Pile not getting hot enough.

The International Compost Sanitation Forum and Message Board: General Composting Issues: Pile not getting hot enough.
Author: Reg (Reg)
Monday, January 09, 2012 - 10:24 am
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Pile got to 32C again about a week after top-up. Will try adding weekly, thanks for advice.
Reg

Author: Ecointerest (Ecointerest)
Friday, December 09, 2011 - 1:12 am
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As composting proceeds, moisture can be evapourated off, leaving the pile to dry in the middle. I have noticed fungal growth in the old hay. This fungus can be species of Aspergillus, some of which can lead to spores being inhaled causing disease. So wet down the pile in the middle before adding more humanure.
I agree with the hint that as the pile becomes bigger, you will get higher temps.

Author: Joe (Joe)
Tuesday, December 06, 2011 - 12:43 pm
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Try feeding the pile more frequently - weekly if possible.

Author: Reg (Reg)
Sunday, December 04, 2011 - 8:36 am
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We feed the pile with 4 buckets and 1 bucket of scraps, it'd been working out that this every three weeks.
I will try more water (rainwater) and see if that helps.
Many thanks.

Author: Nancybeetoo (Nancybeetoo)
Friday, December 02, 2011 - 12:25 am
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@Reg
Your pile might be too dry. If the sawdust is very dry and you are using a lot of it the resulting mix might be too dry.

Try making a bowl shape and watering the pile. Give it a gallon or two of water in the middle of the pile a day for a week or so.

Any high moisture/high nitrogen material will help the compost heat up. Any food waste is wet and high in nitrogen. Knothead asked his neighbors to save vegetable scraps for him. I used to seek out roadkill for my compost. I always got a gratifying boost in temperature after adding a dead squirrel. Clean out your freezer or your neighbors freezer. Clean oit a chicken coop. :-)

Author: Test2 (Test2)
Thursday, December 01, 2011 - 8:15 pm
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@reg - I think cutting back the sawdust a bit should help. (Also, lets hope you are not using a difficult sawdust to compost.). Also as the mass of the pile increases heat should start building up. I find that the bigger the pile gets it seems to get hotter.

Its also possible the thermometer is defective - if you dig down into the pile is it steaming ?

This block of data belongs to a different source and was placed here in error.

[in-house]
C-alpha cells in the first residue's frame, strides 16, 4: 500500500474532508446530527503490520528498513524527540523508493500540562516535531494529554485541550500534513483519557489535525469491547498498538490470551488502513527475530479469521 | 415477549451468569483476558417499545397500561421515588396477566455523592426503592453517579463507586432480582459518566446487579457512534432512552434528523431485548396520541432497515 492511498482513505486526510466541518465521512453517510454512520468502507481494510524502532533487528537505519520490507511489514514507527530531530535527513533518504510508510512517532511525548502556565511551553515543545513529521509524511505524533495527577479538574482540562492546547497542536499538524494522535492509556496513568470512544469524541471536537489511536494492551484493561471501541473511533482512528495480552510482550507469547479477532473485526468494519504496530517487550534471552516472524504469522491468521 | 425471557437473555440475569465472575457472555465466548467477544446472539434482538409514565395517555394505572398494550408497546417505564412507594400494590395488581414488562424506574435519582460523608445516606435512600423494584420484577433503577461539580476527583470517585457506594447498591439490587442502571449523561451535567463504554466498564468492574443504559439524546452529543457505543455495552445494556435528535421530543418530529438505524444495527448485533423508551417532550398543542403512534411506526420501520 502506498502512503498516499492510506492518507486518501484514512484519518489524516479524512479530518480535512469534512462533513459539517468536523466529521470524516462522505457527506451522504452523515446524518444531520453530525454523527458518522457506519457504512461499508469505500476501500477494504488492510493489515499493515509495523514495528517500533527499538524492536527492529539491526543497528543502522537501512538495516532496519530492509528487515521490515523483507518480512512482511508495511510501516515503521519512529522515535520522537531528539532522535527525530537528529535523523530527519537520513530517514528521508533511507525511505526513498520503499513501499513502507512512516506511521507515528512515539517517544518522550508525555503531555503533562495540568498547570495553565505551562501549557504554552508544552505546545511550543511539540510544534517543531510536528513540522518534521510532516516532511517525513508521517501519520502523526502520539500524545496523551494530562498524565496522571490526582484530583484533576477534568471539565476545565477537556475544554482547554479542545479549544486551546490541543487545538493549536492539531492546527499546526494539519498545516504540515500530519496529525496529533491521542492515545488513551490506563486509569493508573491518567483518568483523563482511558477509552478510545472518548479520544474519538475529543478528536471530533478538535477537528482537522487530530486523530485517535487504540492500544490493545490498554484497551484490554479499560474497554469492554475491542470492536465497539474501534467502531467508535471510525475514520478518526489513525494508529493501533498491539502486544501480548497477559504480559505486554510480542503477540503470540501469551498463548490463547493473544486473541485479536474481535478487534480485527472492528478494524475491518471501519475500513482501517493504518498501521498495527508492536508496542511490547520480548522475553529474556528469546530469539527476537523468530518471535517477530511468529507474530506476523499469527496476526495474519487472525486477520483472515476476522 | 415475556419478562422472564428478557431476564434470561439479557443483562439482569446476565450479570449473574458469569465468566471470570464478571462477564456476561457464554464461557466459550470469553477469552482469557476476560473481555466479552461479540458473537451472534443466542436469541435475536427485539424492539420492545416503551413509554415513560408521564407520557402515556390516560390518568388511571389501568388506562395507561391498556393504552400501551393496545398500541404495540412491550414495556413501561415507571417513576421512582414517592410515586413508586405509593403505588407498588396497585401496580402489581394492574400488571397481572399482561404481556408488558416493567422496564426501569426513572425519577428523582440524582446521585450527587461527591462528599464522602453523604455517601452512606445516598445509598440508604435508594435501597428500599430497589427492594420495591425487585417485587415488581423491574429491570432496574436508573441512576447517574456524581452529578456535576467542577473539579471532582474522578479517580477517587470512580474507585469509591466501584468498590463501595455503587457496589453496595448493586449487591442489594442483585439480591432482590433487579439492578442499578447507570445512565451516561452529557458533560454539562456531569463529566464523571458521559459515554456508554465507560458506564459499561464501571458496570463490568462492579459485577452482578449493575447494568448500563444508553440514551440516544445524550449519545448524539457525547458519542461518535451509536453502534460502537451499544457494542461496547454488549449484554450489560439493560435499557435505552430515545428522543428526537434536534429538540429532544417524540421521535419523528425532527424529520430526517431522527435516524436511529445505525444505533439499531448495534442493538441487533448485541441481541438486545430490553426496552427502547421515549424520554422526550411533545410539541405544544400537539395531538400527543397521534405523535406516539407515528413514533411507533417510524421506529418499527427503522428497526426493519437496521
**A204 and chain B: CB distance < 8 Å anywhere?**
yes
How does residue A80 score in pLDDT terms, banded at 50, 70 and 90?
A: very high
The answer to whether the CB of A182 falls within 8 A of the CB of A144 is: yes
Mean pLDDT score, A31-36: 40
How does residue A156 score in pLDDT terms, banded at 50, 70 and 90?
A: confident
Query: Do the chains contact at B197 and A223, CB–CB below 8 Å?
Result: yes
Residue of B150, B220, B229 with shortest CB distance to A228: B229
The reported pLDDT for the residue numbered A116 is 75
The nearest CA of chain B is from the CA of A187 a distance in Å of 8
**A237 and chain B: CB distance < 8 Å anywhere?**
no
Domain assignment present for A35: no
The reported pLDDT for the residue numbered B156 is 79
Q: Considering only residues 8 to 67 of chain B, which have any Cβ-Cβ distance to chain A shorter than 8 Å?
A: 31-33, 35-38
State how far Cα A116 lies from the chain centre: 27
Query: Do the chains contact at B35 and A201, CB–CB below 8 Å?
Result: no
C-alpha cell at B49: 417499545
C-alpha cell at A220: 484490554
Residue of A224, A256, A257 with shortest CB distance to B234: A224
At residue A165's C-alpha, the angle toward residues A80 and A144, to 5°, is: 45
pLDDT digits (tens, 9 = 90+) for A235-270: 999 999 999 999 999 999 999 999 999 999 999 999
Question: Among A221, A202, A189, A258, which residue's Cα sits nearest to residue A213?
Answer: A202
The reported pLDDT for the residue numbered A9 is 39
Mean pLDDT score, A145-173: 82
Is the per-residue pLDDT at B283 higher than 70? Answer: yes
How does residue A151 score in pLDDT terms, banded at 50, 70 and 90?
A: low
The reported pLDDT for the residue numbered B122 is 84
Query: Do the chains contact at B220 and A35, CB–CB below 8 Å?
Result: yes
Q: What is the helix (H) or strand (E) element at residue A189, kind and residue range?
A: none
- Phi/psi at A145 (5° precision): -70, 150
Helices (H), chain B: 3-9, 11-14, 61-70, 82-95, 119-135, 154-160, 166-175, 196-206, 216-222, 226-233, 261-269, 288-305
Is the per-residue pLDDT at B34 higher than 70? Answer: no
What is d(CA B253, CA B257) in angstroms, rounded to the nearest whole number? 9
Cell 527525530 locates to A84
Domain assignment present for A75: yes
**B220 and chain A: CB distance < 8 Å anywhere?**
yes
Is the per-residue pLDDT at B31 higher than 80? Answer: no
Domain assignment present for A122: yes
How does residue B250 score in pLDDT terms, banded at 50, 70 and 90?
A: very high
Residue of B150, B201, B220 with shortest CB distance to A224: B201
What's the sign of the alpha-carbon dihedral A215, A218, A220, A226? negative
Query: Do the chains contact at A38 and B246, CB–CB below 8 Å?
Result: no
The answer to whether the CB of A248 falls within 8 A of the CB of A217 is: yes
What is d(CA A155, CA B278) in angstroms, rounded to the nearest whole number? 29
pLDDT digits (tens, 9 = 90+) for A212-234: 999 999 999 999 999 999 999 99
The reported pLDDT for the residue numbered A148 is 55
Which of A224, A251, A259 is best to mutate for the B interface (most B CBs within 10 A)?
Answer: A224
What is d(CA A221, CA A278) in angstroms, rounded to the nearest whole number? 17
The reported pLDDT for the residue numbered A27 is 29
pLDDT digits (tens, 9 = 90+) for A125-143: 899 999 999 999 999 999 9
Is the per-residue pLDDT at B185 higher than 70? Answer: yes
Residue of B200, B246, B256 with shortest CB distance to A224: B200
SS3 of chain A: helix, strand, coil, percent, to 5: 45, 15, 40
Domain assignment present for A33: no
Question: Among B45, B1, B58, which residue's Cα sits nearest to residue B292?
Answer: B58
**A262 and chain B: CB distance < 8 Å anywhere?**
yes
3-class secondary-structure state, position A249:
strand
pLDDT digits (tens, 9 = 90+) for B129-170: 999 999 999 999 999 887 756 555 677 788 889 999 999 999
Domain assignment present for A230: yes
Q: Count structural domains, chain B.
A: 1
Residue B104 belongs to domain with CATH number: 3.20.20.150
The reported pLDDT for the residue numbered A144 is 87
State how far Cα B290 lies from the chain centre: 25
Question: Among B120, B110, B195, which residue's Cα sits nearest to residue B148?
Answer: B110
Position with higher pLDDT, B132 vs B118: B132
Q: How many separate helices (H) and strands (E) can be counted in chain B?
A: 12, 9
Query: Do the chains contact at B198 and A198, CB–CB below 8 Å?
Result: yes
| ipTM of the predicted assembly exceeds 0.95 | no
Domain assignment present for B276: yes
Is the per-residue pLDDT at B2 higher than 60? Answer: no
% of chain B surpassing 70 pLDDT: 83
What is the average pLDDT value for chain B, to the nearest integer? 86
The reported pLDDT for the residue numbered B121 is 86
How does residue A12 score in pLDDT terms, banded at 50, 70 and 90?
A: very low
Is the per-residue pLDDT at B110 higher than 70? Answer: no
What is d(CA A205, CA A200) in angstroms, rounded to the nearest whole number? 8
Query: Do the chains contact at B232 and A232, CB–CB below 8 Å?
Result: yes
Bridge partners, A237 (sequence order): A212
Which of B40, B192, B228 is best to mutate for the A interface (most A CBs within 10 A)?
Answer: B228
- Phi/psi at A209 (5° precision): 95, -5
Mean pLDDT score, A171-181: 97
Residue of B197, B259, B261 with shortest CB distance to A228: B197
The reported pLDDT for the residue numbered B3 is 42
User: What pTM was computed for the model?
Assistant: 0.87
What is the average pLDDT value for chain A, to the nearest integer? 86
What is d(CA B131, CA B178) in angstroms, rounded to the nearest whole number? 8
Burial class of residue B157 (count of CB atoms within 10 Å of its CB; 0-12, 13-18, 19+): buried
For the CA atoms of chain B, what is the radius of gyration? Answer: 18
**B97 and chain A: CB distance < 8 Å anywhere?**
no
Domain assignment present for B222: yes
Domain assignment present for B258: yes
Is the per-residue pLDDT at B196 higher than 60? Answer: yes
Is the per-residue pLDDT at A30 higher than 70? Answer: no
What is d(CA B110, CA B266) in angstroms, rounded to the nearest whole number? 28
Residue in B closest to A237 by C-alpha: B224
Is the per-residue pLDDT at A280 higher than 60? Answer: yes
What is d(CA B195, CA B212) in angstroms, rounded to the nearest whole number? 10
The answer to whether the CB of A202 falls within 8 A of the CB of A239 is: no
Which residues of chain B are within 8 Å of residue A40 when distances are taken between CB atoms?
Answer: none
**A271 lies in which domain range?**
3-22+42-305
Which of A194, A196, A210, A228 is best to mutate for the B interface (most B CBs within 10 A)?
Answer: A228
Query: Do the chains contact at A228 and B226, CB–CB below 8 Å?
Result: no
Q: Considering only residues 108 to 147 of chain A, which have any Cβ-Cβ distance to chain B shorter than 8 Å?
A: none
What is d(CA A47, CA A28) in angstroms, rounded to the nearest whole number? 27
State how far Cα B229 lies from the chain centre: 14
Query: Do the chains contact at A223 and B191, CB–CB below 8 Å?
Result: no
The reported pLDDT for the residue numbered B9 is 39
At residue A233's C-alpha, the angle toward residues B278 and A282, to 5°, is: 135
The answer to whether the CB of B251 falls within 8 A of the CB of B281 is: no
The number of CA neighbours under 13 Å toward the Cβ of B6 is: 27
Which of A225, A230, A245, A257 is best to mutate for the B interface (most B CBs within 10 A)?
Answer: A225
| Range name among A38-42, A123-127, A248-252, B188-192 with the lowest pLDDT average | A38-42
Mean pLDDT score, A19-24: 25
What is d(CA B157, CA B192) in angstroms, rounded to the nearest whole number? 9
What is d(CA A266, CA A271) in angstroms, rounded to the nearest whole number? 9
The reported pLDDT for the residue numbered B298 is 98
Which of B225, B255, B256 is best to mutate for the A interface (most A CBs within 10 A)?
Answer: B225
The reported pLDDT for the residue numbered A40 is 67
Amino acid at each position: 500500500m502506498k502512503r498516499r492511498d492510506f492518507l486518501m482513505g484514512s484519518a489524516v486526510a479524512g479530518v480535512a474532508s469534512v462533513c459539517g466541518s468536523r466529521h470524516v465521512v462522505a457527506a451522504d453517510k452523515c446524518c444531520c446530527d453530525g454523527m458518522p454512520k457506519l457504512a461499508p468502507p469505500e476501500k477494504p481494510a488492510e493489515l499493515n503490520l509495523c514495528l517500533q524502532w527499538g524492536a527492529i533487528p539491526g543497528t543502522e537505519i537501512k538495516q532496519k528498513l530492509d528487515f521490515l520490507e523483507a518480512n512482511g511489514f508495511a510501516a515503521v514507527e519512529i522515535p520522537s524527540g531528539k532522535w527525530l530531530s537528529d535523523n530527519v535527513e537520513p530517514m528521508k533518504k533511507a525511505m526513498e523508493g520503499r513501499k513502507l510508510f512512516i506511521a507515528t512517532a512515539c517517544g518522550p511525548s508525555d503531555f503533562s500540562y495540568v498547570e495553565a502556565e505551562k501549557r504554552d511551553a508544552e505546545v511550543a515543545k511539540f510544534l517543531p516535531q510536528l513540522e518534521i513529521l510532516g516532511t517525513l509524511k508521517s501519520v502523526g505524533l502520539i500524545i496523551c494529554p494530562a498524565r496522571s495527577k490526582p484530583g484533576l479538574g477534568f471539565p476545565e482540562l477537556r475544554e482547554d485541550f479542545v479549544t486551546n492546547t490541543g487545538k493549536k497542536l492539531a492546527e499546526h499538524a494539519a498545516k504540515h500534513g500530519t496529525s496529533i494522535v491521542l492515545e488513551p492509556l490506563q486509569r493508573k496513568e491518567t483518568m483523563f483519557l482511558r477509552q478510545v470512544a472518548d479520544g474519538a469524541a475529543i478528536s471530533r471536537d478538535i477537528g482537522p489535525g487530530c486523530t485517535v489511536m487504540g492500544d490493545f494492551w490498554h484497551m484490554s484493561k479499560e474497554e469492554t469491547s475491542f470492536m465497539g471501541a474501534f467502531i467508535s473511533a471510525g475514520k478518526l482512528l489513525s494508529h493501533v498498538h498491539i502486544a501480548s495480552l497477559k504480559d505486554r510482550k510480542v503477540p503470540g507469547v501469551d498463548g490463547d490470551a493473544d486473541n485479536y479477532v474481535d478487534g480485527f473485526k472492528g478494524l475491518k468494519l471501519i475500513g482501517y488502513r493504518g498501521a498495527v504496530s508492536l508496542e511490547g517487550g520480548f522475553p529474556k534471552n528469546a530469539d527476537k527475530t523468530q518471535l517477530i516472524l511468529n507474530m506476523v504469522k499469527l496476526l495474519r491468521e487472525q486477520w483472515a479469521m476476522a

Author: Joe (Joe)
Wednesday, November 30, 2011 - 11:40 pm
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How often do you feed the pile? How much do you give it each time?

Author: Reg (Reg)
Wednesday, November 30, 2011 - 10:54 am
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Hi thanks for your response.
The sawdust I am using is used as bedding for dairy cows, it's bone dry and quite fine, I don't know what the wood is, but will find out.
Pile is about 2ft high now.
Thermometer goes in about 15".
I think we are using to much dust, trying to use less now.
Just checked the temperature today, it's 32degs C, put 4 buckets + bucket of veg scraps in last week.

Author: Test2 (Test2)
Friday, November 25, 2011 - 11:44 pm
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Sawdust - Any Idea of tree type ? From treated wood ? Also I am pretty sure the "BOOK" says rotted saw dust works best. If you search this post certain kinds of sawdust seem to slow down the decomposition speed.

How high is the pile ?

How deep into pile is the thermometer reaching ?

Are the people using the buckets putting too much sawdust in as cover material - you usually only need a relatively thin layer of cover material, however, if it still smells after say a half hour add another thin layer.

Author: Reg (Reg)
Thursday, November 24, 2011 - 2:08 pm
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Yes everything goes in.

Author: Joe (Joe)
Thursday, November 24, 2011 - 12:14 pm
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Are you including urine?

Author: Reg (Reg)
Thursday, November 24, 2011 - 8:13 am
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I started composting 4 months ago using old hay for the cover material in a bin 4ft x 4ft. I use fine saw dust as a cover material in the loo which is used by one occasionally 2 people. All kitchen vegetable scraps go in the pile, the highest temperature I have had to date is 30degs C. Current ambient temperature is about 10degs C. Any advice would be appreciated.

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